the singular count nouns _person, pig, fact_ are [+B, -CI], the mass nouns
_furniture, water_ are [-B, -CI], the group nouns _committee, herd_ are
[+B, +CI], and the plural nouns _cattle, sheep_ are [-B, +CI]. In the same
way, she says [B] and [CI] can be used to distinguish between temporally
punctual (_explode, jump_; [+dynamic, +B]) and durative (_walk, eat,
build_; [+dynamic, -B]) situations. An example of how this applies to
affixation: punctual situations with an irreversible outcome normally
cannot take the prefix _re-_ (p. 145ff). She says further that "only a
featural system such as the one to be proposed in this book will give rise
to the right level of underdetermination of meaning to account for affixal
polysemy." (p. 11).
Lieber's answer to the question: "what do -er, -ee, -ant/-ent, and -ist
mean, and why do they receive the range of overlapping interpretations
that they do?" (p. 35-6), is: "they make exactly the same fundamental
semantic contribution to their bases. Specifically, all form concrete
dynamic nouns: the skeletal contribution of these affixes will be nothing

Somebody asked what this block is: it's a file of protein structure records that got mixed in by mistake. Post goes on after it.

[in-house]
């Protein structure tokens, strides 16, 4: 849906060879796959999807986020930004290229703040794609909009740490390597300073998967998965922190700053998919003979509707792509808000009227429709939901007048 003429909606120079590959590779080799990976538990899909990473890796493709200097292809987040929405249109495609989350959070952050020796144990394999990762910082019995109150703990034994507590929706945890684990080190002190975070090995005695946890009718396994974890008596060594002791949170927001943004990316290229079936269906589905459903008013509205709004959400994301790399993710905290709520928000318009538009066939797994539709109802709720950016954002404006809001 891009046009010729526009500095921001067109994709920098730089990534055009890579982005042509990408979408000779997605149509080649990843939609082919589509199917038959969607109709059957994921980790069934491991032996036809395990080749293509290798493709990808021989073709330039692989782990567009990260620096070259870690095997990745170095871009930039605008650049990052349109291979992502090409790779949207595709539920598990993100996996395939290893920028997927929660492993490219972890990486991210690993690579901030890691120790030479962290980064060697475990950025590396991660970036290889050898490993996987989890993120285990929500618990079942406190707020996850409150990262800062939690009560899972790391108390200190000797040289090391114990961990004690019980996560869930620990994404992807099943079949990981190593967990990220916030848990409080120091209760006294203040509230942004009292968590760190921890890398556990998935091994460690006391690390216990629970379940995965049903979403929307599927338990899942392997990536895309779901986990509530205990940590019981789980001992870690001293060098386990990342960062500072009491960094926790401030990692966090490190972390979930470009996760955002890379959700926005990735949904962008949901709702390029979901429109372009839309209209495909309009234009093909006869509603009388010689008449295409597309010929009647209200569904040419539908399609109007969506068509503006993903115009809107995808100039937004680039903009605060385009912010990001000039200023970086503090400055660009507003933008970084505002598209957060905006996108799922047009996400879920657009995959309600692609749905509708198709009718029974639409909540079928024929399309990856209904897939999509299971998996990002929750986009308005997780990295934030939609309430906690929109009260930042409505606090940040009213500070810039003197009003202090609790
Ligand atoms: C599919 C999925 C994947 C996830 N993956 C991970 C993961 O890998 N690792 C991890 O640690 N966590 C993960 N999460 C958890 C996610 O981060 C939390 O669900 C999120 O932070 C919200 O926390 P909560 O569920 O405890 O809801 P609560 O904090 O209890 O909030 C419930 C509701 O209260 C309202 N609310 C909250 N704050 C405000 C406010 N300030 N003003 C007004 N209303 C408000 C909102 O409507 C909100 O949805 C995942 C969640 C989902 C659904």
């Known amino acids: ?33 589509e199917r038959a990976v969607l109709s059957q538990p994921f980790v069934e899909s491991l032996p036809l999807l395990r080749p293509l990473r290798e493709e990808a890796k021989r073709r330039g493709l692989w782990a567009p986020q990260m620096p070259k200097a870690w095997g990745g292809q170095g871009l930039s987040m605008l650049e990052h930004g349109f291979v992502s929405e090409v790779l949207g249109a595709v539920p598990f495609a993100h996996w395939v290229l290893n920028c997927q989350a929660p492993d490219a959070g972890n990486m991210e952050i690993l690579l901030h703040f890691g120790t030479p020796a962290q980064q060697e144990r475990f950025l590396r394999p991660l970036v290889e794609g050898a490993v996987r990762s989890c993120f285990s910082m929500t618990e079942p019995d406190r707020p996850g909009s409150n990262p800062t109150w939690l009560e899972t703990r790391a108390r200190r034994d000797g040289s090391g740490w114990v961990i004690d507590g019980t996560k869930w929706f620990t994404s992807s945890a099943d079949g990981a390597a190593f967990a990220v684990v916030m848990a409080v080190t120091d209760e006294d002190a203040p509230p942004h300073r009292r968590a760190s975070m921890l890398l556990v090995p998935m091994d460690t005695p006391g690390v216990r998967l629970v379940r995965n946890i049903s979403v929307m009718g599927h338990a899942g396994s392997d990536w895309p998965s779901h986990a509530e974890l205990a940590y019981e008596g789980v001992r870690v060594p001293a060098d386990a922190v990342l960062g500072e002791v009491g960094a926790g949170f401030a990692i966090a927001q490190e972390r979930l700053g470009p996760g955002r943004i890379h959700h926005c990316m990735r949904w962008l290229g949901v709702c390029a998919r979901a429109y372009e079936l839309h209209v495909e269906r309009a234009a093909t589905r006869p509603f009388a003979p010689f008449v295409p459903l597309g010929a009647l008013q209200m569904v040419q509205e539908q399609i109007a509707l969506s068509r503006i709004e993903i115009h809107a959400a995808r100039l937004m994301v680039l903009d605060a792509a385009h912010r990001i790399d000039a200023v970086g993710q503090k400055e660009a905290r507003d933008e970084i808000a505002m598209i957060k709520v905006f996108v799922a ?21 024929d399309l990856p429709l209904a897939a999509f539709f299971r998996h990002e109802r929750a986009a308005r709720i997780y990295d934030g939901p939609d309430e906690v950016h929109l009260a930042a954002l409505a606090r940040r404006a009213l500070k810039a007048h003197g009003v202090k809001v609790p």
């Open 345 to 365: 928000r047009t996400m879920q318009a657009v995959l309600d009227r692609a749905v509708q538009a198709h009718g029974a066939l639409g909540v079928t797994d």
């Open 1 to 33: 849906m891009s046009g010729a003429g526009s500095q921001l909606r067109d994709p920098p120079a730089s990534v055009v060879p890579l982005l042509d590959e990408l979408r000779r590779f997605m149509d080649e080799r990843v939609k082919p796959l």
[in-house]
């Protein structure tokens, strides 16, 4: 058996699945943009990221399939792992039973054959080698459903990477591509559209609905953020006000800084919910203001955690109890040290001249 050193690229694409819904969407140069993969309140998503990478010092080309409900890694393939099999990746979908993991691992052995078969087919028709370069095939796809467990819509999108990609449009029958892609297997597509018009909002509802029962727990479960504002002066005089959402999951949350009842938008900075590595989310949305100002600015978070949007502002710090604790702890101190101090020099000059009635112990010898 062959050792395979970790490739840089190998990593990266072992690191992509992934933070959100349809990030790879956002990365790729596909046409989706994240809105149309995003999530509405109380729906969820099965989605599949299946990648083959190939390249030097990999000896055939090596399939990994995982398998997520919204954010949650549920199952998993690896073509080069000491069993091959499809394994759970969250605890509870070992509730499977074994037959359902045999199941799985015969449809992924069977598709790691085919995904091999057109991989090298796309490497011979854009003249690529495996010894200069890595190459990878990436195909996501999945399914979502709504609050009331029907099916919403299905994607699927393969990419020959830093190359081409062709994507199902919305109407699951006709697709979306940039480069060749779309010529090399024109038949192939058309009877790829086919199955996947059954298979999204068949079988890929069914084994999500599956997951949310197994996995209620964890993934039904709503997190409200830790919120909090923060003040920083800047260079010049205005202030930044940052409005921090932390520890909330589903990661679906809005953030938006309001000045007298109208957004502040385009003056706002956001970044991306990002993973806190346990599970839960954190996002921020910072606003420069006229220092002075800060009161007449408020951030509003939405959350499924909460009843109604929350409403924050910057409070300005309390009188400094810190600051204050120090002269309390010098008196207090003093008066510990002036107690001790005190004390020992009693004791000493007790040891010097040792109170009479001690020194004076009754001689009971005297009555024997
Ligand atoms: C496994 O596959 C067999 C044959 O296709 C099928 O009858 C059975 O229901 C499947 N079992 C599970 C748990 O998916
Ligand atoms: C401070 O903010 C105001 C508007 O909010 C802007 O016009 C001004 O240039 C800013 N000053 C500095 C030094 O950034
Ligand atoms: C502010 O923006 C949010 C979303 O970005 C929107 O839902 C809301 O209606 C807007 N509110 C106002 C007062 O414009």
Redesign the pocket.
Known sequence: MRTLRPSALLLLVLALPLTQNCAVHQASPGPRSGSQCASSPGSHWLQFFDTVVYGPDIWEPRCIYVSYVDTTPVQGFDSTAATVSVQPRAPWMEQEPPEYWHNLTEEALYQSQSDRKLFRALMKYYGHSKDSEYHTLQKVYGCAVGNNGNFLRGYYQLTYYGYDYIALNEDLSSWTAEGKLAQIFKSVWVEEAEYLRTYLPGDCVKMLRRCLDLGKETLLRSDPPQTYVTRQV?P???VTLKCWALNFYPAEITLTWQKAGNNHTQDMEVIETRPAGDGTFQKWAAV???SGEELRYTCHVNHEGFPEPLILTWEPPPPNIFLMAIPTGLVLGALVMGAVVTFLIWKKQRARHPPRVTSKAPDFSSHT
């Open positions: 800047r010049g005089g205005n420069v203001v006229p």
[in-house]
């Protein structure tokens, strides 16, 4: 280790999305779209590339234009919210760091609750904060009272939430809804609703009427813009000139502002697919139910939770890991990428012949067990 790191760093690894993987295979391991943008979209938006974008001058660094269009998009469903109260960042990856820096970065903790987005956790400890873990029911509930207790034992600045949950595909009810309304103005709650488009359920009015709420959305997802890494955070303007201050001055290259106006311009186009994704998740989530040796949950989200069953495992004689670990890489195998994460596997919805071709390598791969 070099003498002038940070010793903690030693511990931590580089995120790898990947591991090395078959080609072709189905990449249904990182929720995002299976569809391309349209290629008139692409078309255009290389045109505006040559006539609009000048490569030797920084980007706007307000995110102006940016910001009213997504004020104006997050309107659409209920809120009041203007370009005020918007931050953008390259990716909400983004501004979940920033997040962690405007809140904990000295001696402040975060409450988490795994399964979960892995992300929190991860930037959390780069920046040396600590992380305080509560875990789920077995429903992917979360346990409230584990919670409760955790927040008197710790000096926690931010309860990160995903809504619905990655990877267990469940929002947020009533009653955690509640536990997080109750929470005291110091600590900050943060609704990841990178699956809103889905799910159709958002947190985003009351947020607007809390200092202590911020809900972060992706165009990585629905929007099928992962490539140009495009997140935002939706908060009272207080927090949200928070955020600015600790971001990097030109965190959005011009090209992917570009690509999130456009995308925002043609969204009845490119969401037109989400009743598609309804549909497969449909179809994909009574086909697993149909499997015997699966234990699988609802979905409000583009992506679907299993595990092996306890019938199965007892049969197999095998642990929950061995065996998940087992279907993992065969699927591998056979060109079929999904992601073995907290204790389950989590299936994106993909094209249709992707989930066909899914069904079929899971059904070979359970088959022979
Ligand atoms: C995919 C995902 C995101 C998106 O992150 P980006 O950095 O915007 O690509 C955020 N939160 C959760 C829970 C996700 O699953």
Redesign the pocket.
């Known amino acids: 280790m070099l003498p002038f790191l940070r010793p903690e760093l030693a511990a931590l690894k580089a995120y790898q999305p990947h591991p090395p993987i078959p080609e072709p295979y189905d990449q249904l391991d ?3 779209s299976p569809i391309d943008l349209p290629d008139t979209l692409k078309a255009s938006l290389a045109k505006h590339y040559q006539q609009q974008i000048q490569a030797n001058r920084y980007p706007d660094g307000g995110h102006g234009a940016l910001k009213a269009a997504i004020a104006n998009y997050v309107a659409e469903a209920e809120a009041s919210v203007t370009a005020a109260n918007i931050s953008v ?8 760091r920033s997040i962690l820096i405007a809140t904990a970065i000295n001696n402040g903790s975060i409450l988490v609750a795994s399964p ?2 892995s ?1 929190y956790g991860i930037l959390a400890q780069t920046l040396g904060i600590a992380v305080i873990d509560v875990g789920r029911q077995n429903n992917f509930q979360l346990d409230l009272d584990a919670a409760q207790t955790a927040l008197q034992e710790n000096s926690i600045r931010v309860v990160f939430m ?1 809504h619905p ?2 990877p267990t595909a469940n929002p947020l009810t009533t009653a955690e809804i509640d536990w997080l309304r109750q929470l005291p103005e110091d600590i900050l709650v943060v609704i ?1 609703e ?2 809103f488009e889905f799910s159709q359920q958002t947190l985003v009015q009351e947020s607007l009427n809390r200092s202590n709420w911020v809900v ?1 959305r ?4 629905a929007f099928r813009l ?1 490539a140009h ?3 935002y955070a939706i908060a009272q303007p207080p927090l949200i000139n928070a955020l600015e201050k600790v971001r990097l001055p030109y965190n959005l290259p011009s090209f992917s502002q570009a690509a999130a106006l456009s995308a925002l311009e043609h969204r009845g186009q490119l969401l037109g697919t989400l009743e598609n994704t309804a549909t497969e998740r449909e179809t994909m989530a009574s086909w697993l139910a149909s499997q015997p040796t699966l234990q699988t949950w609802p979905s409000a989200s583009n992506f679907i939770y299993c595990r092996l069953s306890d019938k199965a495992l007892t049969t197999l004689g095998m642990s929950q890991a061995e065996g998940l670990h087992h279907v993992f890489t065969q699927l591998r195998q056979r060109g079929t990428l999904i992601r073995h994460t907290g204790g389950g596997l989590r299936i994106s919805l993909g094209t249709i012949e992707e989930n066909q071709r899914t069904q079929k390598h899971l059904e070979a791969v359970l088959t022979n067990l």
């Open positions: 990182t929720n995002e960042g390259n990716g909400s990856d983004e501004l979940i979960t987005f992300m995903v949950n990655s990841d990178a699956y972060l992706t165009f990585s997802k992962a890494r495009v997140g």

more than the features [+material, dynamic] and an associated "R"
argument, that is, the highest reference argument of the semantic
features. " (p. 37). I personally am not sure how useful this is; but
another part of the presentation I found quite interesting: -ee suffixed
nouns generally are patients and not agents, which is understandable,
since the origin of the suffix is the French past participle ending, used
in passives, suggesting that something *has been done to* someone. Yet
some are agentive, like _escapee_ and _standee_. However, in both cases,
the person involved has been submitted to something against their will,
i.e. they have lost control over their situation (p. 20), thus they are in
effect still "patients".
An interesting insight on -ize and -ify: "... these verb-forming affixes
place a condition of *volitionality* on any argument with which they might
be co-indexed" (p. 83), e.g. "milk cannot homogenize by itself" (p. 85).
And on conversion (e.g. _to hand_, _to table_): "... conversion should not
be equated formally with affixation... lexicalized conversion verbs are
simply nouns that get *relisted* in the mental lexicon as verbs." (p. 94).